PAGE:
Douglas Fredrick

Publication Details

  • Genotype and phenotype correlations in congenital glaucoma. Transactions of the American Ophthalmological Society Hollander, D. A., Sarfarazi, M., Stoilov, I., Wood, I. S., Fredrick, D. R., Alvarado, J. A. 2006; 104: 183-195

    Abstract:

    To determine whether there is a correlation among mutations in the cytochrome P450 1B1 gene (CYP1B1), the degree of angle dysgenesis observed histologically, and disease severity in congenital glaucoma.Direct DNA sequencing was utilized to screen six unrelated children with congenital glaucoma, each set of parents, and all siblings for CYP1B1 mutations. Specimens of the anterior chamber angle obtained at trabeculectomy were examined histologically to identify abnormalities of the aqueous outflow pathway. CYP1B1 mutations were correlated with both the degree of angle dysgenesis and the patient's disease severity (age at diagnosis, difficulty in achieving intraocular pressure control).Four of the six patients (66.7%) were compound heterozygotes for mutations in the CYP1B1 gene. Seven of the eight CYP1B1 mutations were identified, including two novel mutations (R117P, C209R) and five others previously described (G61E, R368H, R390H, E229K, 4340delG). The cases were divided based on histological phenotype into categories of (1) severe goniodysgenesis highlighted by the agenesis of Schlemm's canal (two patients), (2) moderate goniodysgenesis characterized by the presence of a band of collagenous tissue in the trabecular meshwork and/or the juxtacanalicular tissues (three patients), and (3) mild goniodysgenesis with deposition of a mucopolysaccharide material in the juxtacanalicular tissue (one patient). CYP1B1 mutations were identified in both cases of severe angle dysgenesis and two of three cases of moderate dysgenesis. Disease severity closely correlated with the degree of angle dysgenesis.The majority of cases in the cohort had compound heterozygous CYP1B1 mutations. Specific CYP1B1 mutations may be associated with severe or moderate angle abnormalities.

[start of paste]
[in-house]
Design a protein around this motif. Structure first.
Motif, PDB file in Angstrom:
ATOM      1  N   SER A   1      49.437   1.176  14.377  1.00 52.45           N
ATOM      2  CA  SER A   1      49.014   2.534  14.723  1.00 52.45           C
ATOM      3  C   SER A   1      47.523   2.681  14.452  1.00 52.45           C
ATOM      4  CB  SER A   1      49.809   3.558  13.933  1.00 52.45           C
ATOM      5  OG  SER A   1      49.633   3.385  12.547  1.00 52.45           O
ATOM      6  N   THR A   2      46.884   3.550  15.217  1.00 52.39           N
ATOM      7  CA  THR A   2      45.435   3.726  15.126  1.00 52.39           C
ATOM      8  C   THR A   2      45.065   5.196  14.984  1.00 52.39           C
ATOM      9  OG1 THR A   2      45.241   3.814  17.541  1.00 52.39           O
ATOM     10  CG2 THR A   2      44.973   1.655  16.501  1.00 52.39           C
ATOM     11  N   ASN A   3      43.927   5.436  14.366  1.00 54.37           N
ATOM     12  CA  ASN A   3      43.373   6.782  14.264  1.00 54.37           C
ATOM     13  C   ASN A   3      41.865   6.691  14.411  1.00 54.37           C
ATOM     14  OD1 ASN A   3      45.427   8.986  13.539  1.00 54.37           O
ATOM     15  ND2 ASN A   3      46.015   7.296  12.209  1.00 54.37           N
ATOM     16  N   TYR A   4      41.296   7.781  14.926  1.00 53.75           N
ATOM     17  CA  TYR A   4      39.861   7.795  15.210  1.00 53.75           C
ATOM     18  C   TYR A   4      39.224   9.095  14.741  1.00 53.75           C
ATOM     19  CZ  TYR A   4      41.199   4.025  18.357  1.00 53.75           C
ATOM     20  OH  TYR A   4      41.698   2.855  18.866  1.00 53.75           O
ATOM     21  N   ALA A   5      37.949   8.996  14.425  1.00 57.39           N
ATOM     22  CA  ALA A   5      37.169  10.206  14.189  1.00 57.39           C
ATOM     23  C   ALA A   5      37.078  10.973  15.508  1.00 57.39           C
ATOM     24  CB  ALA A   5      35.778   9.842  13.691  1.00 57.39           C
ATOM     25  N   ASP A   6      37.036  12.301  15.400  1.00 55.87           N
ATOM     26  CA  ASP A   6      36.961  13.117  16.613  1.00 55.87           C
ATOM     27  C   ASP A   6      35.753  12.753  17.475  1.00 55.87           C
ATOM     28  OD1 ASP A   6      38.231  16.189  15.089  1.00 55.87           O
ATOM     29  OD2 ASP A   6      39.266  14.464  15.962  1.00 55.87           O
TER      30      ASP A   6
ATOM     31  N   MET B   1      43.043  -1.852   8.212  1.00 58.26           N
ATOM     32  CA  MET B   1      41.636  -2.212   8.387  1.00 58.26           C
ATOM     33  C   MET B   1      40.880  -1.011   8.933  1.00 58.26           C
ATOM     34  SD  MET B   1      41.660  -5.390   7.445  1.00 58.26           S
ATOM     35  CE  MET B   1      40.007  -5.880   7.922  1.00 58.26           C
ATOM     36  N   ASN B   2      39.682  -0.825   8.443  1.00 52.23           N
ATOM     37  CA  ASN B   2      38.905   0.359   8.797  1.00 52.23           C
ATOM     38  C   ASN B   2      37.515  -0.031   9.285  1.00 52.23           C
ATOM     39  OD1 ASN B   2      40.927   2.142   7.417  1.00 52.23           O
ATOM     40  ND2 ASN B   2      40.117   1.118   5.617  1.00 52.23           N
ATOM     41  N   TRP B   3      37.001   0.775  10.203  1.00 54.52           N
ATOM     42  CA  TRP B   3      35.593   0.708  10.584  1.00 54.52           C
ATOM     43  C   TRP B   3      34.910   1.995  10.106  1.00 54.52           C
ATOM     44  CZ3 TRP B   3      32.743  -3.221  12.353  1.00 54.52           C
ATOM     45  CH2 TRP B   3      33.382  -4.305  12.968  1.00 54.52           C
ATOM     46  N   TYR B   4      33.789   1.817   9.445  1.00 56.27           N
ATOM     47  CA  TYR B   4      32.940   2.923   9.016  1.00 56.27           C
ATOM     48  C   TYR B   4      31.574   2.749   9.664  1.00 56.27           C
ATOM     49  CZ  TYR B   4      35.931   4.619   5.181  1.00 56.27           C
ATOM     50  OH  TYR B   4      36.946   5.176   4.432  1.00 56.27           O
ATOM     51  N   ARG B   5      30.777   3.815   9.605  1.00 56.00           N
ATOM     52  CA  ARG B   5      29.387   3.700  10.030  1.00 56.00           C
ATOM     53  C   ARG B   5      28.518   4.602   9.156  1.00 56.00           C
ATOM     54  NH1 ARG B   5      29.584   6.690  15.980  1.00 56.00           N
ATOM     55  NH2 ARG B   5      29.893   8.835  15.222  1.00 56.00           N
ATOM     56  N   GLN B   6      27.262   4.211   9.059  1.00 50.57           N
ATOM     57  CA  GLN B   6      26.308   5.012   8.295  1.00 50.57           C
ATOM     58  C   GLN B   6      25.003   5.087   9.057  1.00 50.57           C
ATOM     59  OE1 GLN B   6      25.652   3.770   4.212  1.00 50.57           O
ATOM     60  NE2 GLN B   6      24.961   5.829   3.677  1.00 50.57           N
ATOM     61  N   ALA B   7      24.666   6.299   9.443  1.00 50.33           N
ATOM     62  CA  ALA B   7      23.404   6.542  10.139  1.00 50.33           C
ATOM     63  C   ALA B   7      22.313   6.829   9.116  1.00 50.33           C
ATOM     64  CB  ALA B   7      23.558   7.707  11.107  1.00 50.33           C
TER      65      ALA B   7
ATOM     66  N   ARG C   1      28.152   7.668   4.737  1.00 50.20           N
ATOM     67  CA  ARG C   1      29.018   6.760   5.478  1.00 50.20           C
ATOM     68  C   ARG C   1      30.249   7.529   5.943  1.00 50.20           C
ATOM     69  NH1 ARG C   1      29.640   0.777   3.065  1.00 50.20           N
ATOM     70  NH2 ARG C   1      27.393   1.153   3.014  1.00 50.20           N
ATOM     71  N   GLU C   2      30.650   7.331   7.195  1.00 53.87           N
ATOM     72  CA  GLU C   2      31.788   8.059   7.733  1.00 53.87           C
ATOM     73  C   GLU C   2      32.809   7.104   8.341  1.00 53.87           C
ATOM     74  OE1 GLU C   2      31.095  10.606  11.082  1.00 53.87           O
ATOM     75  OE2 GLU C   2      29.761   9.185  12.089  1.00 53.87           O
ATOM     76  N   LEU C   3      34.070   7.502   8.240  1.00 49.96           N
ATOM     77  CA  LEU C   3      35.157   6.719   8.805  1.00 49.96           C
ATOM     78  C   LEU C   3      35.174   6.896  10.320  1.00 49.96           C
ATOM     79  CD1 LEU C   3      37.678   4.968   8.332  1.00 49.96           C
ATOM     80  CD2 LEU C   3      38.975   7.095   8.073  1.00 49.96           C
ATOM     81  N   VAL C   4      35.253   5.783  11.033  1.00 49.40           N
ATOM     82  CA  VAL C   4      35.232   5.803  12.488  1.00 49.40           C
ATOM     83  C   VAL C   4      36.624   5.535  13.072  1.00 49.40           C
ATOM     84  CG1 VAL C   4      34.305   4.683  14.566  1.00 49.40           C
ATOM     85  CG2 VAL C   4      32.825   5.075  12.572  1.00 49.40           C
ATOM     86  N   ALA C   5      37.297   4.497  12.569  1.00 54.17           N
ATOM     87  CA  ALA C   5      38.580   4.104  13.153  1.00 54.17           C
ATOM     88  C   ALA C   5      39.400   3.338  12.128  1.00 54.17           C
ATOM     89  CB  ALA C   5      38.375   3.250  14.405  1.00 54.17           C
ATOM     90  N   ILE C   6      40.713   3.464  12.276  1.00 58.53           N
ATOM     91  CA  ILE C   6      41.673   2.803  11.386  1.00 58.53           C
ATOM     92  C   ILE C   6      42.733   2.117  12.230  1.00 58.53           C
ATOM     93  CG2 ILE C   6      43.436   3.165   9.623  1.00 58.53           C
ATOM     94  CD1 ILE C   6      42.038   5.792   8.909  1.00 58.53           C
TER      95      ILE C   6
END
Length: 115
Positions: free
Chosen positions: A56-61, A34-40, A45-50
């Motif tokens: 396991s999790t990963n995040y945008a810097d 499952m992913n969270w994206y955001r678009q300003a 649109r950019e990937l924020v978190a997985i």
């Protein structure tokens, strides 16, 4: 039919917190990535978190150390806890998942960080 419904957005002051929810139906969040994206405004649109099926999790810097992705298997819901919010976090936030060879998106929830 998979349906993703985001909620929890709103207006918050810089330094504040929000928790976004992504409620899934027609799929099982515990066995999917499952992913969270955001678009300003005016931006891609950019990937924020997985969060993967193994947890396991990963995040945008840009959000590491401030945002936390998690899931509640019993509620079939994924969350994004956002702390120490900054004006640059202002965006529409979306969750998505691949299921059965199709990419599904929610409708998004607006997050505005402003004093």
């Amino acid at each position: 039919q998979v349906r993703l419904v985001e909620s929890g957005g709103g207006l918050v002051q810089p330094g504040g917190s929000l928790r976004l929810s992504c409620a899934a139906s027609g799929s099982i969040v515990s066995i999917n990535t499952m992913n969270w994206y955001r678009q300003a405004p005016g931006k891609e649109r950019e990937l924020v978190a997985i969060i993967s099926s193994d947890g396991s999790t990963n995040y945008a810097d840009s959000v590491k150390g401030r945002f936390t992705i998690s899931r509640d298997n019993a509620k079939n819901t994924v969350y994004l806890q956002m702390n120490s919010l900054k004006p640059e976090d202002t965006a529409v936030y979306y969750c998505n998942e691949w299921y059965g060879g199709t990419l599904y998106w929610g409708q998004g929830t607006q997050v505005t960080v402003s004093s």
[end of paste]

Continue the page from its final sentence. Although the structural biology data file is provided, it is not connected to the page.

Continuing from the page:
View details for PubMedID 17471339

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